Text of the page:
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Ackerman, Mark:

Mark Ackerman Receives European CSCW Lifetime Achievement Award

Prof. Mark Ackerman has been chosen to receive a Lifetime Achievement Award at the 15th European Conference on Computer-Supported Cooperative Work, for his groundbreaking and highly-recognized research in CSCW. [Full Story]
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Kurator Will Help You Curate Your Personal Digital Content

People capture photos, audio recordings, video, and more on a daily basis, but organizing all these digital artifacts quickly becomes a daunting task. Automated solutions struggle to help us manage this data because they cannot understand its meaning. Profs. Walter Lasecki and Mark Ackerman have helped create Kurator, a hybrid intelligence system leveraging mixed-expertise crowds to help families curate their personal digital content. [Full Story]
Related Topics:  Lasecki, Walter   

New Center Develops Technologies to Help Youths with Disabilities

A $4.5 million federal grant will allow U-M researchers to explore how technology can be used to help young adults with spinal cord dysfunction and neurodevelopmental disabilities to improve their health and become more independent as they mature. Prof. Edmund Durfee is the center's co-director. [Full Story]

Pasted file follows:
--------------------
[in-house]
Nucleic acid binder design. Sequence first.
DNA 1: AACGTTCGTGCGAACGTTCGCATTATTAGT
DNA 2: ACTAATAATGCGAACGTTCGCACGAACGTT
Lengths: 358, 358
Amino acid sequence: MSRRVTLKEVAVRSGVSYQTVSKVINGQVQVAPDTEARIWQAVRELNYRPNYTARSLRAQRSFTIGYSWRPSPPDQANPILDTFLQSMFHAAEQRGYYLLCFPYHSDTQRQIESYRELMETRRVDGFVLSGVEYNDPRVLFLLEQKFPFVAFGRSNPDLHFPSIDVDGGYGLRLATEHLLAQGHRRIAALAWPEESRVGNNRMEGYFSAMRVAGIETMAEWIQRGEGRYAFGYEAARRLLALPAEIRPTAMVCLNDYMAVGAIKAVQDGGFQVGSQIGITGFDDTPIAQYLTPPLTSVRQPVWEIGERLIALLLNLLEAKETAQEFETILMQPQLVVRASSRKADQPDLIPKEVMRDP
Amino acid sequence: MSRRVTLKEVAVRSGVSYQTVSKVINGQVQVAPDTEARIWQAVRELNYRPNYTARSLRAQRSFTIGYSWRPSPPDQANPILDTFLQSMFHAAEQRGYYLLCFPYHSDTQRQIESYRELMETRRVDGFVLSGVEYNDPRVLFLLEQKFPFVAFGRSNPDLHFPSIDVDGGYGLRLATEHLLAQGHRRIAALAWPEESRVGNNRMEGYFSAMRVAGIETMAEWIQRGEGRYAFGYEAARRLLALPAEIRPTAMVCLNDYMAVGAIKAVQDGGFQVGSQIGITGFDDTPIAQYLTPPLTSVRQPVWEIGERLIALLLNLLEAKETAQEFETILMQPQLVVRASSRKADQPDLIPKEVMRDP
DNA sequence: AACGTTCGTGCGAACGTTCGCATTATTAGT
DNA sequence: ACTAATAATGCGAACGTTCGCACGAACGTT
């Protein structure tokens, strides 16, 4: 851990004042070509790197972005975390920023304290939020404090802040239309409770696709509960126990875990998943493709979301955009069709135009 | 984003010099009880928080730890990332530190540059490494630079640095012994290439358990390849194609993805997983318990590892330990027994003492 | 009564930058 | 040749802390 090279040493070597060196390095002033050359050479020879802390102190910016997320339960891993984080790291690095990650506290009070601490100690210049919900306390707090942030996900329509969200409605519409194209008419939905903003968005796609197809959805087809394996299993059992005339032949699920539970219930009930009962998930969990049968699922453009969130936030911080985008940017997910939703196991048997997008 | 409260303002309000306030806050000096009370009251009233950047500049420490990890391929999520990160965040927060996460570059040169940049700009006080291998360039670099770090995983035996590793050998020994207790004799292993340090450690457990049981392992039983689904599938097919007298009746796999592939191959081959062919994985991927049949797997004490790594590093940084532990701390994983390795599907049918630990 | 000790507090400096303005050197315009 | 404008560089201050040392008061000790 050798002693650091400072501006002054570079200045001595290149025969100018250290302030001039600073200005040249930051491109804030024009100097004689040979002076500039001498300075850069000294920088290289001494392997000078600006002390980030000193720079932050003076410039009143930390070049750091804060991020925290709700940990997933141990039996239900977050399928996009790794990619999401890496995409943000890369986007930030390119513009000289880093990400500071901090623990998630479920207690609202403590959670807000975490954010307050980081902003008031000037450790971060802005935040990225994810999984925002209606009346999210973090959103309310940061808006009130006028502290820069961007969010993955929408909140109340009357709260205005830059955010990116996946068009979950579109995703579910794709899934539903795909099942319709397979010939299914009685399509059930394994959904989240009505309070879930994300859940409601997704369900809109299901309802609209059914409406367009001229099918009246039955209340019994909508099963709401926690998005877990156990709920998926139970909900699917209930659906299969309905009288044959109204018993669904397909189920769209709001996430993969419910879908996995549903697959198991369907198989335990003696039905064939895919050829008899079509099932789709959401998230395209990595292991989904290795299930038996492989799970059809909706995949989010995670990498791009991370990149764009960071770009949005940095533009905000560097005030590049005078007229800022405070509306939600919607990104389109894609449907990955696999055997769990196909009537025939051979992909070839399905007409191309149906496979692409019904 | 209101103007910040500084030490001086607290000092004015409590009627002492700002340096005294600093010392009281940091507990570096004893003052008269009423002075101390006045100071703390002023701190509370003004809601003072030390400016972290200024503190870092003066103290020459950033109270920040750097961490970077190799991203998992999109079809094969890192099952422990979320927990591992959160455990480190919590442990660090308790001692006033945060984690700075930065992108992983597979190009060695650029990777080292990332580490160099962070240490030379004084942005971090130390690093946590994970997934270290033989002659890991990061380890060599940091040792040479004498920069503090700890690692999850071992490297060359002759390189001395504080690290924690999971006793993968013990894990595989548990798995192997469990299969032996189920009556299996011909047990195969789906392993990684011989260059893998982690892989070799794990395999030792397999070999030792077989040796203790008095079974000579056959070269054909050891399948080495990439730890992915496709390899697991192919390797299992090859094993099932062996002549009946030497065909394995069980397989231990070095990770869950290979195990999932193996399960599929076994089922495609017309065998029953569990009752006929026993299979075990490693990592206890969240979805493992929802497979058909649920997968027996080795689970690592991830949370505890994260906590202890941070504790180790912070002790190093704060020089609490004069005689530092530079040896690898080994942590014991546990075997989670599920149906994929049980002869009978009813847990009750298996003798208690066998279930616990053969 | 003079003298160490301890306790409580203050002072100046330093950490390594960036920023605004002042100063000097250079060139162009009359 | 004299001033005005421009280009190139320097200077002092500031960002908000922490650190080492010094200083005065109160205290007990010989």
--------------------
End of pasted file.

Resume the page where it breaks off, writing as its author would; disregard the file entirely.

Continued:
Related Topics:  Baveja, Satinder Singh   Durfee, Edmund   Health and Safety   

Mark Ackerman Named ACM Fellow

Prof. Mark Ackerman, George Herbert Mead Collegiate Professor of Human-Computer Interaction and a Professor in the Department of Electrical Engineering and Computer Science and in the School of Information, has been elected a Fellow of the Association for Computing Machinery (ACM) "for contributions to human computer interaction, with an emphasis on finding and sharing expertise." [Full Story]
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Mark Ackerman Recognized by HCI Community

Assoc. Professor Mark Ackerman has been inducted into the CHI Academy by the Association for Computing Machinery's Special Interest Group on Computer-Human Interaction. [Full Story]
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Online Q and A forums hit the mainstream

Research conducted by Lada Adamic and Mark Ackerman into how people share knowledge on Yahoo Answers has found that participants use the site to exchange advice and opinions, in addition to technical expertise. Their study is called "Knowledge sharing and Yahoo Answers: Everybody knows something." [U-M Press Release] [Podcast]
Related Topics:  Data and Computing